S.F. to tackle shelter waiting game for disabled and older homeless

T.J. Johnston, SF Public Press — Jun 6 2012 - 4:52pm

UPDATE: Listen to reporter T.J. Johnston's updated report on this story at KQED news here. The health of homeless people — especially older and disabled ones — is endangered by a time-consuming wait they endure daily when reserving a bed in San Francisco’s public shelter system, advocates and city officials say. As a result of a hearing before a Board of Supervisors panel, the city has begun a series of public meetings with providers, city officials and clients, to seek improvements in shelter access and the health of senior and disabled clients. Homeless policy director Bevan Dufty and others hope to work out a plan this summer and present it to the board.

Tenants raising rents on new roommates

Lisette Mejia, Mission Local — Jun 6 2012 - 12:16pm

Finding a place to live in the Mission can be daunting. Often, dozens of  hopeful renters show up at open houses, and Craigslist ads elicit responses from hundreds of people. With demand comes desperation, and in addition to those who offer cooked meals or to slip in an additional $600 to secure a spot, some are willing to pay extra rent to a master tenant for a room — and some are willing to charge it.

Thousands of tickets handed out to homeless

T.J. Johnston, SF Public Press — Jun 4 2012 - 3:16pm

Ignoring ‘quality of life’ fines can lead to warrants, jail

San Francisco is an expensive place to find an apartment, sure. But it can also be a costly place to live outside. Police served homeless people in the city with almost 40,000 citations over a five-year period, according to records compiled by the city agency that provides homeless services.

Against all odds, former foster kid dons graduation cap

Rosa Ramirez, New America Media — May 31 2012 - 3:40pm

The last time Lerone Matthis was released from the Division of Juvenile Justice in April 2008, he feared he had reached bottom. “I was discouraged by the [diminished] prospects for a meaningful future,” Matthis recalled. He didn’t have a place to rest his head, bathe or change his clothes. He wore the same jeans and white shirt “that was dingy around the neck” because it hadn’t been washed for a month. Since he didn’t have a place to store his clothes, he bought socks from a neighborhood liquor store. He relied on relatives and friends for food and shelter. Other times, the former foster youth simply went hungry.

The unemployed of S.F. speak out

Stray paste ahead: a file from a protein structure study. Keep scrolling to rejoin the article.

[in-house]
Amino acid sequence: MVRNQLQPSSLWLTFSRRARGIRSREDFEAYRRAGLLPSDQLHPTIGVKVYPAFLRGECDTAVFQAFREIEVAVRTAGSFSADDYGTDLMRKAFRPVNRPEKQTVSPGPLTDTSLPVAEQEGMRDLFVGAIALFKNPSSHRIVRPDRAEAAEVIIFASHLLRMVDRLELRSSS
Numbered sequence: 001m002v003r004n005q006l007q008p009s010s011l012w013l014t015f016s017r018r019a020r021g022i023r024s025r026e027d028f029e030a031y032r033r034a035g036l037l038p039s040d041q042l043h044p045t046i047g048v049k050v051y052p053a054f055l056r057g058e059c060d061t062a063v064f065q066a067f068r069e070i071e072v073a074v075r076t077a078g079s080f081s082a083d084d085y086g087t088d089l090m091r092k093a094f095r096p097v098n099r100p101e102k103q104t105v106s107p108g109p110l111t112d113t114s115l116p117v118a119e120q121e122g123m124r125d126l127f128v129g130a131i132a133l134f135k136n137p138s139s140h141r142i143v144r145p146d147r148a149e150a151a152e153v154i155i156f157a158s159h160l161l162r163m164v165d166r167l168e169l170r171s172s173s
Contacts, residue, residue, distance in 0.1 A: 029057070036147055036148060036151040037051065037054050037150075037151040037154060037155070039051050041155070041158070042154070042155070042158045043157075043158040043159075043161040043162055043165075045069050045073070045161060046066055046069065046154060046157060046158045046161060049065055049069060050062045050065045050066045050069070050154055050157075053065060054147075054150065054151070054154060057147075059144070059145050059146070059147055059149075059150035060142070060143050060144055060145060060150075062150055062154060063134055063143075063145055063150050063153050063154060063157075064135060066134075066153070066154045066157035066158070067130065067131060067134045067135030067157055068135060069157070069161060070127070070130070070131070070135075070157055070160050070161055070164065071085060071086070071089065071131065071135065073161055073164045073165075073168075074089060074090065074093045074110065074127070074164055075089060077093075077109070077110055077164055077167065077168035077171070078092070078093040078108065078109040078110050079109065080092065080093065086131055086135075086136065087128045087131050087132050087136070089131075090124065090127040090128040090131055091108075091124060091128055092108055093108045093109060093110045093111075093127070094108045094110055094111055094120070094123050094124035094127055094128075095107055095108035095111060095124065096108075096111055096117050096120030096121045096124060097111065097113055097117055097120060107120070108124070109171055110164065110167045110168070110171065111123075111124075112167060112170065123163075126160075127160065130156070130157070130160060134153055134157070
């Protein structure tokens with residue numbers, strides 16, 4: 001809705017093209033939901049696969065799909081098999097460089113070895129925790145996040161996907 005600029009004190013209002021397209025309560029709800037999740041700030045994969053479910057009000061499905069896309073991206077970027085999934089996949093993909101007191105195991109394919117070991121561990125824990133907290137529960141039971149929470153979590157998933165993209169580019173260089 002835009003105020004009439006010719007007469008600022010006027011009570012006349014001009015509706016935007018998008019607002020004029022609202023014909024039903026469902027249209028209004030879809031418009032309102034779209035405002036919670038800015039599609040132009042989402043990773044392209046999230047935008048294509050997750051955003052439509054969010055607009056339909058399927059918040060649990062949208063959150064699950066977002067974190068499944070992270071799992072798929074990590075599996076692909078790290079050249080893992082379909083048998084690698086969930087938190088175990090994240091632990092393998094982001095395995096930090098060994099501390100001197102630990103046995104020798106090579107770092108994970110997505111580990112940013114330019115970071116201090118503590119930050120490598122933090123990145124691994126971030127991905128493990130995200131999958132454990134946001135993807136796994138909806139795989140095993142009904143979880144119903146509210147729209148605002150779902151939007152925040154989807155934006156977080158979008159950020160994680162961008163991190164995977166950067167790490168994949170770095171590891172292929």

Angela Johnston, KALW News — May 30 2012 - 4:39pm

Close to 100,000 jobless Californians will lose as many as 20 weeks of federal unemployment insurance benefits by the end of May. Improvements in California’s economy and a drop in the unemployment rate will end an extension of federal benefits. At an Employment Development Department on Franklin and Turk, KALW’s Angela Johnston spoke to Little Vila, John Saunders, Maurice Gonzales and Yvette, who wouldn’t give her last name. Here are their thoughts on being unemployed in today’s economy.

To stay in Mission District, Latino businesses split the rent

Rigoberto Hernandez, Mission Local — May 28 2012 - 2:42pm

Stepping inside the storefront at 3270 24th St., it’s not immediately clear what kind of business it is. The space holds two retail outlets, plus a lawyer and an electronics repairman. This may sound like a “man walks into a bar” joke, but it’s not — it’s the business model for many Latino business owners in the Mission.

After a decade-plus of planning, San Francisco finally sets 2016 date for bus rapid transit

Jerold Chinn, SF Public Press — May 25 2012 - 3:16pm

It took the United States eight years to get a man on the moon, but it’s going to take transit officials almost 12 years to get a new high-speed “bus rapid transit” system onto one of San Francisco’s busiest corridors. The Van Ness Avenue project, which in 2006 was projected to open at the end of this year — in time for the Muni centennial — has been pushed back four more years, largely because transit planners had underestimated the time needed to complete the environmental work and project planning.

Mien farmers cultivate their own garden in East Oakland

Rachael Myrow, KQED News Fix — May 24 2012 - 3:36pm

In the heart of East Oakland’s Fruitvale neighborhood, the Peralta Hacienda Historical Park is an incongruous reminder of California’s Mexican past: 6 acres of open space in a sea of single-family homes. What was once a massive ranchero now features a Victorian house surrounded by carefully tended vegetable gardens. Ben Glickstein is director of outreach here. He says back in 1820, Antonio Peralta had big agricultural dreams for this stretch of land that slopes down to Peralta Creek. "And we’re still using this for agriculture, for food, here in the middle of this pretty urban neighborhood."

Millions for Mission District schools: Where is the money going?

Lisette Mejia, Mission Local — May 23 2012 - 7:03pm

They belong to a club where membership hinges on low reading and math skills, and high dropout rates. They’re some of the worst-performing schools in the state, even the country, and to shape up, the Mission’s six struggling schools took drastic measures to qualify for a share of a $45 million grant — including firing principals and replacing half the staff. In December 2010, Bryant, Everett, Buena Vista Horace Mann, Mission High and John O’Connell began receiving an average of $1.6 million a year for three years from the new federal School Improvement Grant program.

State, tech companies forge alliances to combat sex trafficking

Shoshana Walter, California Watch — May 21 2012 - 2:59pm

Last year, California Attorney General Kamala Harris joined attorneys general across the country in declaring war against Backpage.com, a free classified website run by Village Voice Media. The officials threatened legal action if the site didn’t stop running ads for adult services, some of which have been linked to underage sex trafficking. But while Harris took a confrontational tone with Backpage – which has since balked at shutting down its adult pages – a more cooperative dynamic has emerged this year between the attorney general and online companies.